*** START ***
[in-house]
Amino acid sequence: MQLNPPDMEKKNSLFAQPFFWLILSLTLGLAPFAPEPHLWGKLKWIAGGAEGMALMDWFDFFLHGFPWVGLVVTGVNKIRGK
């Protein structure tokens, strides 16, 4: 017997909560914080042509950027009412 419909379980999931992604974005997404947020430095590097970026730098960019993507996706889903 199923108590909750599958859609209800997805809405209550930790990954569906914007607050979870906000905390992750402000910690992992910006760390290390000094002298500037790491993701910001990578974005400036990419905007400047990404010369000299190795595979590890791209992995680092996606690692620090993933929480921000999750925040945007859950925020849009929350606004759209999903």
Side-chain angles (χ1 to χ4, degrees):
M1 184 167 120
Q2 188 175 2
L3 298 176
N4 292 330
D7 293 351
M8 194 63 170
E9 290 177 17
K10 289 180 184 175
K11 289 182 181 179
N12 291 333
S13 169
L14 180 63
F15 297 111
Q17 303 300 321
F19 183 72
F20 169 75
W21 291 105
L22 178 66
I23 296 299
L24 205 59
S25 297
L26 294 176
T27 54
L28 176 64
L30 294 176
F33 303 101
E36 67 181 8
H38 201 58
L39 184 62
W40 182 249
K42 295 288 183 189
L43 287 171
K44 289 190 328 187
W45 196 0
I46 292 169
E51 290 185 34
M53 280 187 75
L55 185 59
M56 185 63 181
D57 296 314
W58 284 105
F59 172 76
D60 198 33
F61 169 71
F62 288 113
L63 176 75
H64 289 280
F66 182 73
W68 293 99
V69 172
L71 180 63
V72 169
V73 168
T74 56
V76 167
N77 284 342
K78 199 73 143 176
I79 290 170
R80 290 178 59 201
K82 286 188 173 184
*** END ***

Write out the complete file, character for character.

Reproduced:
[in-house]
Amino acid sequence: MQLNPPDMEKKNSLFAQPFFWLILSLTLGLAPFAPEPHLWGKLKWIAGGAEGMALMDWFDFFLHGFPWVGLVVTGVNKIRGK
């Protein structure tokens, strides 16, 4: 017997909560914080042509950027009412 419909379980999931992604974005997404947020430095590097970026730098960019993507996706889903 199923108590909750599958859609209800997805809405209550930790990954569906914007607050979870906000905390992750402000910690992992910006760390290390000094002298500037790491993701910001990578974005400036990419905007400047990404010369000299190795595979590890791209992995680092996606690692620090993933929480921000999750925040945007859950925020849009929350606004759209999903």
Side-chain angles (χ1 to χ4, degrees):
M1 184 167 120
Q2 188 175 2
L3 298 176
N4 292 330
D7 293 351
M8 194 63 170
E9 290 177 17
K10 289 180 184 175
K11 289 182 181 179
N12 291 333
S13 169
L14 180 63
F15 297 111
Q17 303 300 321
F19 183 72
F20 169 75
W21 291 105
L22 178 66
I23 296 299
L24 205 59
S25 297
L26 294 176
T27 54
L28 176 64
L30 294 176
F33 303 101
E36 67 181 8
H38 201 58
L39 184 62
W40 182 249
K42 295 288 183 189
L43 287 171
K44 289 190 328 187
W45 196 0
I46 292 169
E51 290 185 34
M53 280 187 75
L55 185 59
M56 185 63 181
D57 296 314
W58 284 105
F59 172 76
D60 198 33
F61 169 71
F62 288 113
L63 176 75
H64 289 280
F66 182 73
W68 293 99
V69 172
L71 180 63
V72 169
V73 168
T74 56
V76 167
N77 284 342
K78 199 73 143 176
I79 290 170
R80 290 178 59 201
K82 286 188 173 184